John Pironti:                

You know, we have no assurance, and they want to know, “Why should I believe that I should continue to invest?”-- especially as we're coming up in refresh cycles now, we're coming into new budget seasons and new budget cycles, they want to know that this is being treated like a business, not as a defensive state as they might have been 5, 6,7 years ago, where everybody is so freaked out and scared about the next hacker of the day.

John Pironti:                

Now they're saying, “Look it's a reality of the world we live in, I want to know the investments I'm making are useful and beneficial and I want some assurance and validation that they're actually working. I don't want to have this false sense of security, cause without that assurance they have a false sense of security. They say, "Well, my firewall's in place, it must be working.”

John Pironti:                

Well as soon as you explain to somebody that that as soon as you start using encryption and going it breaks through most firewalls. And they will say, “I got SSL” encryption on my firewalls, they say well you see how many attacks don't use SSL anymore, they use PGP or other encrypted modules, and their firewalls can't do anything about those. And the leadership says, “Well wow, ‘cause that landscape has changed, the atmosphere has adapted. How have we adapted to them?” So we need that assurance, we need to kinda go in that Trust but Verify model because they want to know that all that investment, all that work is gonna be positive and then be fruitful, and be able to demonstrate full to their stakeholders as well as their customers that they're doing the right things.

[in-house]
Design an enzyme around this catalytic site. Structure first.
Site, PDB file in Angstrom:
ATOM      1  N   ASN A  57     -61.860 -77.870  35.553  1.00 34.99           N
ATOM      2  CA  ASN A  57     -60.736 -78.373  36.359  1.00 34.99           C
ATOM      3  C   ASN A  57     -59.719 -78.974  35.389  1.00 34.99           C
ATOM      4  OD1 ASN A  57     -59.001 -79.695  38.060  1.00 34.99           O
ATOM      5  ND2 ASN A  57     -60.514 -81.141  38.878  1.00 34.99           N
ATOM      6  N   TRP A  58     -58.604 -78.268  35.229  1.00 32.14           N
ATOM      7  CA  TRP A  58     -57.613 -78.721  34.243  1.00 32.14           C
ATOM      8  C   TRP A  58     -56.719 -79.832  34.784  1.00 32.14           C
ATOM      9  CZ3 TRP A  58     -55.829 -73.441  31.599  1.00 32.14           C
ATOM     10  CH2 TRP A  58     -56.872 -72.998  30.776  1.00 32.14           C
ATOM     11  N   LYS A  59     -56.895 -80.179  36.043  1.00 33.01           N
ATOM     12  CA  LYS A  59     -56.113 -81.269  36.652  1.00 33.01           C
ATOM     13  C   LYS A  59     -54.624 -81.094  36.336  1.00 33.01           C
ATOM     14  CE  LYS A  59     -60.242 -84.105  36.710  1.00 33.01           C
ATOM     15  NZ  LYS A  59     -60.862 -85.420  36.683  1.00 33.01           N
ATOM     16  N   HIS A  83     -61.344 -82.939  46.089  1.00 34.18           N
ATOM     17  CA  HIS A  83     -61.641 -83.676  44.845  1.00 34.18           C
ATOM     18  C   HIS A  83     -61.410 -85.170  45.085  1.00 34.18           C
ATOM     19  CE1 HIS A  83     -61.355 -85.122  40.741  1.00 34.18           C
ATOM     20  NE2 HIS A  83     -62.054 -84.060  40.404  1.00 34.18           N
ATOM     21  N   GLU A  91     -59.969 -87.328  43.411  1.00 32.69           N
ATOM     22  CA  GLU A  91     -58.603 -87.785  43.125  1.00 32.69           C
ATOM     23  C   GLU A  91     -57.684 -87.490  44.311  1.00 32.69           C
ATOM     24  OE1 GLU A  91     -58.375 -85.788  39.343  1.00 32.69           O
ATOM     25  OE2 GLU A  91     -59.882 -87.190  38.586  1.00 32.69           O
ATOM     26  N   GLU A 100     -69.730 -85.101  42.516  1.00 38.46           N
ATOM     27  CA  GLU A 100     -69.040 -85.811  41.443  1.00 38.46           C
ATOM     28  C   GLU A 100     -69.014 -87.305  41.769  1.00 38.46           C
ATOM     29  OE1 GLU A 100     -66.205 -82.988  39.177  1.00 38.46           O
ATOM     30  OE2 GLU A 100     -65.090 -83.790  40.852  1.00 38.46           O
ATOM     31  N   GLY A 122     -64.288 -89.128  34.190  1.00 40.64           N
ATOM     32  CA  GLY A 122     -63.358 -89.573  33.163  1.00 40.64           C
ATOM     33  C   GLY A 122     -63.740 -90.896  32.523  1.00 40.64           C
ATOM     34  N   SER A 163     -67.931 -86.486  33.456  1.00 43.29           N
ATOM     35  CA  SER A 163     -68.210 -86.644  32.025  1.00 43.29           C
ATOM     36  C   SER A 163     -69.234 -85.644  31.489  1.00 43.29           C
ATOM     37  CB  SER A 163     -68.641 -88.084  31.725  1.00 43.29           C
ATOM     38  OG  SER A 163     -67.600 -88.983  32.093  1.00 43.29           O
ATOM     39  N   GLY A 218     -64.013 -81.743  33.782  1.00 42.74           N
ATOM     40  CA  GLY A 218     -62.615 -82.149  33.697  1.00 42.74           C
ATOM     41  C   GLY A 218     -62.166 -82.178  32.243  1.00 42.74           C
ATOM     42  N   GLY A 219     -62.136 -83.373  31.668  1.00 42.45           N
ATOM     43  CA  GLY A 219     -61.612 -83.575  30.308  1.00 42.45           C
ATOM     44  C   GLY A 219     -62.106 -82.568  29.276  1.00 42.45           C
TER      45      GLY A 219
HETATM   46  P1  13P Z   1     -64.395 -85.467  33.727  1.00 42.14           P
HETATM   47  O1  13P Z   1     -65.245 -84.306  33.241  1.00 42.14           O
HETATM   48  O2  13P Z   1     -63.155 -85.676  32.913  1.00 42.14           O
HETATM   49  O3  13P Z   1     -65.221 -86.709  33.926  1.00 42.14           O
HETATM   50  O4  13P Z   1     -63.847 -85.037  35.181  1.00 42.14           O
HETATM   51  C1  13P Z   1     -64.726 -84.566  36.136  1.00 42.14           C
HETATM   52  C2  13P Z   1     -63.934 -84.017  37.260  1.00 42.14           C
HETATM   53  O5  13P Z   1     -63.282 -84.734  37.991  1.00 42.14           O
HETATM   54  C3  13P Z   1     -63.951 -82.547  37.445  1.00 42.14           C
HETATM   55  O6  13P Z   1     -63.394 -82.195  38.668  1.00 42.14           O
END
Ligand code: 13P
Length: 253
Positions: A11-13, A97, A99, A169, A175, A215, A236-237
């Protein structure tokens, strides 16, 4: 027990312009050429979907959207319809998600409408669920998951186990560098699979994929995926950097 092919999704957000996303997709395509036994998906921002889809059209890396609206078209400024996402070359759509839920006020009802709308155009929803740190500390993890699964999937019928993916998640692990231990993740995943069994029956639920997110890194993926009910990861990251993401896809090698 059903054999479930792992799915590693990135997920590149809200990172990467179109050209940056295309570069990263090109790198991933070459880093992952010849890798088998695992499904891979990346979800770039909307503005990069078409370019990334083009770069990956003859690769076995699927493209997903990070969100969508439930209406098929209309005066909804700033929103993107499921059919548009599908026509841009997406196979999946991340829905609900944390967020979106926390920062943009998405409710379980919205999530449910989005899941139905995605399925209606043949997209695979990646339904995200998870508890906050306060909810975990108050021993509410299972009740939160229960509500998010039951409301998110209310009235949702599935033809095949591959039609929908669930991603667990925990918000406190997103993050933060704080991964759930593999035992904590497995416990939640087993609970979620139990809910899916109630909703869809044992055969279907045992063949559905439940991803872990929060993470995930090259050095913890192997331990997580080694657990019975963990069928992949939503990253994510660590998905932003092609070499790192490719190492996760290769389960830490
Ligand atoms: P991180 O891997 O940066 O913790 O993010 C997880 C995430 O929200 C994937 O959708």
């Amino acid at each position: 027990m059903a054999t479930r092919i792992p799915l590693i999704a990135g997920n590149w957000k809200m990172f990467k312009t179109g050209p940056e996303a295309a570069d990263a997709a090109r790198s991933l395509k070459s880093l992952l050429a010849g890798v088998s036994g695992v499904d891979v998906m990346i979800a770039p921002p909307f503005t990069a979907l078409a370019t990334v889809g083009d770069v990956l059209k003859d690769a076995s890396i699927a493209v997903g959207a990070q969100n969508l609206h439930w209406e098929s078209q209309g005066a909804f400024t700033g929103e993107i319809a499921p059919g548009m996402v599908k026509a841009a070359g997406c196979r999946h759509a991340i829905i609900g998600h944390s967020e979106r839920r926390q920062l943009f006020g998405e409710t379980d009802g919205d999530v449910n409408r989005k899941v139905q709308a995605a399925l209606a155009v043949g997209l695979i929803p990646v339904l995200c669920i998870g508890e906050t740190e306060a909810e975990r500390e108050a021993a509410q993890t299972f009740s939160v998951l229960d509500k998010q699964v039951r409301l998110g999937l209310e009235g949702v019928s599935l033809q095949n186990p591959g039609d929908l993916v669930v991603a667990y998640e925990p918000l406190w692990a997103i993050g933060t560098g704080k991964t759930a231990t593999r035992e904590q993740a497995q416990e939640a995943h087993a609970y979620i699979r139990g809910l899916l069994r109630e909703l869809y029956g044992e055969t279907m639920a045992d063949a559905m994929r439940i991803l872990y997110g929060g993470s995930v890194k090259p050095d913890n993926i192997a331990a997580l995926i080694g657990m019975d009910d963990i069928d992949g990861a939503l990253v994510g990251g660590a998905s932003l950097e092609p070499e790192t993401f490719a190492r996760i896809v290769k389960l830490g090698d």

Brian Contos:                

Well, John let’s take this notion of the changing threat landscape that you just mentioned and let's dive into that a little bit deeper. What are your thoughts on how to implement a pragmatic approach to constant or consistent monitoring of your security posture? You know, how do we get to the point where rubber meets the road, and we've actually got an approach that's effective in this changing landscape?

John Pironti:                

Yeah, I'm glad you asked that, Brian. I'm a huge advocate of the concept of first applying the concept of threat involved analysis, to what we're going after. So, we can look at threat scenarios and use scenario-based modeling so we can highlight the high impact and high likelihood scenarios that can affect us. And understand how the adversary is actually gonna navigate through our systems, navigate through the world, and cause negative impacts to us or cause problems to our world, things of that nature. And once we have those scenarios built then I can bring in instrumentation models, then I can bring in monitoring concepts. It’s not good enough to just do a one and done pen test on an annual basis. I'm not saying they're bad. My team does them. I rely on them. I think they're important and they're very important to have some human conditions sometimes to do cause and effect analysis, and cause and effect modeling.

John Pironti:                

But we're not going to be able to keep up in an agile development model in a rapid deployment model with those testing concepts. So, I need something that can be automated but tuned to my risk profile and tuned to the scenario basis that I'm concerned about, as well as understanding new scenarios that I may not have been able to factor in because that analysis takes time.

John Pironti: